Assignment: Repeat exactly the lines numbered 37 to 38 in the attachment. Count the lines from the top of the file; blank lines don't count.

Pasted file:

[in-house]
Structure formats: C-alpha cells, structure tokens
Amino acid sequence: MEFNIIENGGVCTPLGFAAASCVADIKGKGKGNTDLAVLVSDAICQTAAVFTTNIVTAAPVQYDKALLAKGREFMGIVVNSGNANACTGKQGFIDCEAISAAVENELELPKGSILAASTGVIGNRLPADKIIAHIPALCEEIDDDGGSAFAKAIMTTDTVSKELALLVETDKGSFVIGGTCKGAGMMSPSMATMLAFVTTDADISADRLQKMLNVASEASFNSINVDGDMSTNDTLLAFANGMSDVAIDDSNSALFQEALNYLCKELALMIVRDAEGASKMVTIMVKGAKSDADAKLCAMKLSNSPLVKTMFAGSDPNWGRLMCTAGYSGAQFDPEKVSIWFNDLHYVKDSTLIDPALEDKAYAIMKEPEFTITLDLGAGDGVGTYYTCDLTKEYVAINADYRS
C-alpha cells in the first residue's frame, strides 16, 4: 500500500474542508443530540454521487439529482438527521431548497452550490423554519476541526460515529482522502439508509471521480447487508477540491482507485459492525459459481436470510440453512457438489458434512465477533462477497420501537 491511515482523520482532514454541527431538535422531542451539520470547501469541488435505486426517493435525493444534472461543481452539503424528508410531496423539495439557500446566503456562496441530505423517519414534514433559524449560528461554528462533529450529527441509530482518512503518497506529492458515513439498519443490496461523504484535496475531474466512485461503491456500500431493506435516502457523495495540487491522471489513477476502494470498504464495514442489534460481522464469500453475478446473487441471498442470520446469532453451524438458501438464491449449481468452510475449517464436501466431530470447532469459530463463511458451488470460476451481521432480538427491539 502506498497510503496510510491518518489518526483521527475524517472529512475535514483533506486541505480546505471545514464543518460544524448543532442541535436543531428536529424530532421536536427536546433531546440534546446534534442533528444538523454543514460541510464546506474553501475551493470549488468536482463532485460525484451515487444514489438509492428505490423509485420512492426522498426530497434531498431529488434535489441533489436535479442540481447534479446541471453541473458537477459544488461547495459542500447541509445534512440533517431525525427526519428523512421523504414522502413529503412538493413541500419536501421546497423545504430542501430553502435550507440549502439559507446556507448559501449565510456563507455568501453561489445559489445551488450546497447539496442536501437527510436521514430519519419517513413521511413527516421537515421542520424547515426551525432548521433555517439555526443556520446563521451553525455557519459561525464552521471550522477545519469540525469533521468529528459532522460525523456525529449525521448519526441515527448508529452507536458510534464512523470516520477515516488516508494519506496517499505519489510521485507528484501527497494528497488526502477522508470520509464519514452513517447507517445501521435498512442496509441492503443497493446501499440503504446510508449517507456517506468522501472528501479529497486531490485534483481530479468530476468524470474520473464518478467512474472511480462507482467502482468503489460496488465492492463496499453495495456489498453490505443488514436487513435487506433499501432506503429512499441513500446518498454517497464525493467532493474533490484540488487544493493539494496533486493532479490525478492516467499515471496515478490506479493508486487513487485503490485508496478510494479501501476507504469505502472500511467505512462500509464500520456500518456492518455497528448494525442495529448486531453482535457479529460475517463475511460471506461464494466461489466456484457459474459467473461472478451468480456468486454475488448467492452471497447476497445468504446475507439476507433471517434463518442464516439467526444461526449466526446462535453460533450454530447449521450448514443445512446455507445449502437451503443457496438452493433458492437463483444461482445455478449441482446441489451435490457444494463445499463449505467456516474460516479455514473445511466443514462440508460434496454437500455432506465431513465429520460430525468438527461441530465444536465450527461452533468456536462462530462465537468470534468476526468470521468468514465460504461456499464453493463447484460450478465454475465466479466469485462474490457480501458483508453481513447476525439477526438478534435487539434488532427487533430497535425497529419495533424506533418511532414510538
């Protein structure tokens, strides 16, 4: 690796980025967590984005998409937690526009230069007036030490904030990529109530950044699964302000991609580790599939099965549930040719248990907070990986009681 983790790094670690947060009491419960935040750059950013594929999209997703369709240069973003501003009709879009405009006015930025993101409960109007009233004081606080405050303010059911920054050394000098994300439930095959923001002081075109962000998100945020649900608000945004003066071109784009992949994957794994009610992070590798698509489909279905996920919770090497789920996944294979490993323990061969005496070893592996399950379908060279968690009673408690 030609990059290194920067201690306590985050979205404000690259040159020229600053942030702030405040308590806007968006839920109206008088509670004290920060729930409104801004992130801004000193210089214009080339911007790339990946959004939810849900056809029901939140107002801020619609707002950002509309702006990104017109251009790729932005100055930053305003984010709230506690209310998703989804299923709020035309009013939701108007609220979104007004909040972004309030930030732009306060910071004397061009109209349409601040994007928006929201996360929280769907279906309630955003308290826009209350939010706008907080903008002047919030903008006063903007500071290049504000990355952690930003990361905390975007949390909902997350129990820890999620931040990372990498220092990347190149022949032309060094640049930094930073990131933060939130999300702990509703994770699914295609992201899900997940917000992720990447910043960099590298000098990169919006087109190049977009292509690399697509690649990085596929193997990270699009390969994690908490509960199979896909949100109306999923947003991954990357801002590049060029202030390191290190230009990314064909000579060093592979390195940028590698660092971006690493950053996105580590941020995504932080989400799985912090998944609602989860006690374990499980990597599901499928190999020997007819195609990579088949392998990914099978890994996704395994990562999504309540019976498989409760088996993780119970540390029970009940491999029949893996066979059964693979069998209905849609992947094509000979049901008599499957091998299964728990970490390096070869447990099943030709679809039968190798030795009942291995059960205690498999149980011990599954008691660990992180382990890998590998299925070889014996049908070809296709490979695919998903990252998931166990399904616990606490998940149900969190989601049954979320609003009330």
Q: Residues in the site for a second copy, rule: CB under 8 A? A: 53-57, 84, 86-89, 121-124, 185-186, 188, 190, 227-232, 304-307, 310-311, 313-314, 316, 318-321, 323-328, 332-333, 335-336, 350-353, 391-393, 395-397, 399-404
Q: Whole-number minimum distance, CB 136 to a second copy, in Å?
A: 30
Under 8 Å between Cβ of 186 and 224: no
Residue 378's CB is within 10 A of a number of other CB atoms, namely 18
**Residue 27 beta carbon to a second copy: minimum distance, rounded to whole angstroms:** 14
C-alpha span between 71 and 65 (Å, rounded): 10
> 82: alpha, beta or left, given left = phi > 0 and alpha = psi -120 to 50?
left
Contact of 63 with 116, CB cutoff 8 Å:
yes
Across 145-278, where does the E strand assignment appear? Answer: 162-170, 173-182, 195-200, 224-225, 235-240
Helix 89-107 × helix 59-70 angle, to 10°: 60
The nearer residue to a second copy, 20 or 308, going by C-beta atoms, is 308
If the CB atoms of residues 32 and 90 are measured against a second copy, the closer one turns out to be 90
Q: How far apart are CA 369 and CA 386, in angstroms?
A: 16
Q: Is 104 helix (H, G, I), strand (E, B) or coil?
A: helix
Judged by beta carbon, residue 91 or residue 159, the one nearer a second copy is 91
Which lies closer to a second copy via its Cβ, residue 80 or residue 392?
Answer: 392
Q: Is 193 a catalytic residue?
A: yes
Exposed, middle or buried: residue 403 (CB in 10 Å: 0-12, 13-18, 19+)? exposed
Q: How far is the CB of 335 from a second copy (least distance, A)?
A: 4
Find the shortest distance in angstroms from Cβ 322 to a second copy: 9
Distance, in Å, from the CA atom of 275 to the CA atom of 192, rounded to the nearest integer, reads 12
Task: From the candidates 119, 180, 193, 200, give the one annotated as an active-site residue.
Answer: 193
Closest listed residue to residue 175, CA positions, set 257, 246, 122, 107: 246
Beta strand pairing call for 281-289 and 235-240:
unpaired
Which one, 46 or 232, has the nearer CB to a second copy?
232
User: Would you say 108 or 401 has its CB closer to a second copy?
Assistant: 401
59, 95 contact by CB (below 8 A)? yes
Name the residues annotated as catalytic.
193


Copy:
Closest listed residue to residue 175, CA positions, set 257, 246, 122, 107: 246
Beta strand pairing call for 281-289 and 235-240: